The Great Flag Debate

By Nichole Fernández Editor

On a cold and historic day in February 1964 the iconic red and white maple leaf flag was raised for the first time ending what would later be referred to as the “The Great Canadian Flag Debate”. Chances are you have never heard of the great flag debate, even though it was once the subject of a controversial and heated international dispute.  It is also likely that you never gave much thought to the origins of the Canadian flag. But don’t worry you are in good company. For as impassioned and contentious the proposal for a new national Canadian flag was back in the 1960s, today even many Canadians have forgotten both the old flag and the dramatic events surrounding its replacement[1].

What is now one of the world’s most iconic national flags, the beloved Canadian maple leaf, was born of an emotive, bitter national debate. The dispute, which spanned a number of decades, began with in 1963 with a proposal from the liberal minority leader, Prime Minister Lester B. Pearson.[2] The original Canadian flag was of British legacy: the Red Ensign. The old flag was seen by many to incorrectly associate the entire nation of Canada, and its citizens, with the imperialist British empire. The new flag was intended to create a symbol of Canada which removed past associations and looked towards the future to a new unified Canadian nation.[3] The red color of the new flag was taken from the old imperial flag, the maple leaf was an already cherished symbol of Canada, and its intentional simplicity created an easily adoptable image[4]. Regardless of the fact that almost all those involved in the decision making and design of the new flag were of British Canadian decent, this new flag was intended to represent the diverse nation that is Canada.[5]

Canadian Red Ensign 1957-1965 (above). Canadian Maple Leaf 1965-present (below).

Canadian Red Ensign 1957-1965 (above). Canadian Maple Leaf 1965-present (below).

Often overlooked and rarely given the credit deserved, flags play a large role in the daily imagining of the national community. Flags are part of everyday life and create what has been called banal nationalism.[6] Flags help to construct national belonging by continuously reinforcing the nation and connecting the banal to a larger national community. In general, national flags today function as national symbols which are imbued with meaning. The flag’s meaning comes from what it represents: the nation, or the nation as an ideal type.

On the international stage a flag is essential to every modern nation, creating an image which brings legitimacy to the nation on a global scale. Nationalism itself is ingrained in internationalism, where nations are often only understood as meaningful when in contrast to each other.[7] Flags, being involved in the creation of an overall national image are used in this internationalism of identity.  This process of national image promotion often comes in the form of nation branding[8].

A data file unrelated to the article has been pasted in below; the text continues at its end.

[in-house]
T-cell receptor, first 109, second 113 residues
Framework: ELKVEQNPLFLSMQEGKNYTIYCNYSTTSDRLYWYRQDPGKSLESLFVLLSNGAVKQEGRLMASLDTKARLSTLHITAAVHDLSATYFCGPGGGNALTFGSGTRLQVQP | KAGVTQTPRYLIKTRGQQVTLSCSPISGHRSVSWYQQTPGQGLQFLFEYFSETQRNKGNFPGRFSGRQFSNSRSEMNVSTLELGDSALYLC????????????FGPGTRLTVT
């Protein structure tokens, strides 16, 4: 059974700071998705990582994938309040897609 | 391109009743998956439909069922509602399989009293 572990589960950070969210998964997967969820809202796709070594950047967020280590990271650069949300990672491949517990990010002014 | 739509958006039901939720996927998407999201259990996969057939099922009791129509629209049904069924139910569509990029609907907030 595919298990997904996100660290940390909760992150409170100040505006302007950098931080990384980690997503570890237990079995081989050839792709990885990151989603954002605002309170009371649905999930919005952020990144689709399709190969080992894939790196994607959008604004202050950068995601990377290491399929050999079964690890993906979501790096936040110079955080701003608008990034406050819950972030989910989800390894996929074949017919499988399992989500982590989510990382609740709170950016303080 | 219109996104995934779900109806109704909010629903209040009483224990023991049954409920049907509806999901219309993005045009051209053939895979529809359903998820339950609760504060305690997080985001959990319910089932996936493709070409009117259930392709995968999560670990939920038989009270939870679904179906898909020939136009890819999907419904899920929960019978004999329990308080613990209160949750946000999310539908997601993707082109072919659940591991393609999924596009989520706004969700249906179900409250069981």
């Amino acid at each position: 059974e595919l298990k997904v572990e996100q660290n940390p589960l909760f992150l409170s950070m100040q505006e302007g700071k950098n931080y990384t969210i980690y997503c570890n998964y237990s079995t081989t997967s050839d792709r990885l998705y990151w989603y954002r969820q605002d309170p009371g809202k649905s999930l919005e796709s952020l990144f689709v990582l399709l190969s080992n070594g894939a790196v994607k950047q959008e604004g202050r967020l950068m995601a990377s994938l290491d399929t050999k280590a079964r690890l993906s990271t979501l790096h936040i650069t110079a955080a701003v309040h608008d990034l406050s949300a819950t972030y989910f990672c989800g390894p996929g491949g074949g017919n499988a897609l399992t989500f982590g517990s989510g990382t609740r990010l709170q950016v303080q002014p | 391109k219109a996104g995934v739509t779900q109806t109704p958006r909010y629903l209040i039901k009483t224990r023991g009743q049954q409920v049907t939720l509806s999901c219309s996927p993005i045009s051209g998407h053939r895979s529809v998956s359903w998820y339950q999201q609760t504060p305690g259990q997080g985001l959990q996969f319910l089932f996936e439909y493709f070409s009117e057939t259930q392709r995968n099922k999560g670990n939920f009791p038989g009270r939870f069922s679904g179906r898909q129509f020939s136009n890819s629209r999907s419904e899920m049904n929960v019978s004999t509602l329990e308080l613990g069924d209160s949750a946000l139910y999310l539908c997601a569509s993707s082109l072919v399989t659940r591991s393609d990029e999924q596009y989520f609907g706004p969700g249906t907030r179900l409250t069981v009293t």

Nation branding is the process of creating a national image to be exported internationally. This image promotion of the country creates a positive global association that is intended to not only to increase foreign investment, international trade, and tourism, but also to capitalise on this association so it reverberates back to the nation, forming a sense of national pride and belonging[9]. Nation branding can be seen as a positive force, promoting what makes a country unique, helping it to stand out internationally. The dramatic rise in nation branding worldwide is a testament not only to its success but also its current necessity.

But nation branding is a tricky subject that, in my opinion, has many drawbacks. While the country is presented as unique it is also simultaneously normalized. Some key aspects of the country are highlighted but, simultaneously, the country is positioned as being standard, safe, and stable: normalizing what makes the country valuable in monetary terms.[10] This homogenization of value makes diversity problematic and creates view of the nation which cannot be maintained. Nation branding is a narrow simplification of what a nation is, privatizing national identity, and turning identity into a commodity.[11] By making identity a commodity you only highlight aspects of the nation which are marketable and controllable. Nations and corporations are not the same and should not be run in the same way. Brands may work for corporations that can control the product image through constant regulation, supervision, and authoritarian control. However, in a democratic system of government creating a consistent and controllable national image should not be a “desirable national goal”.[12]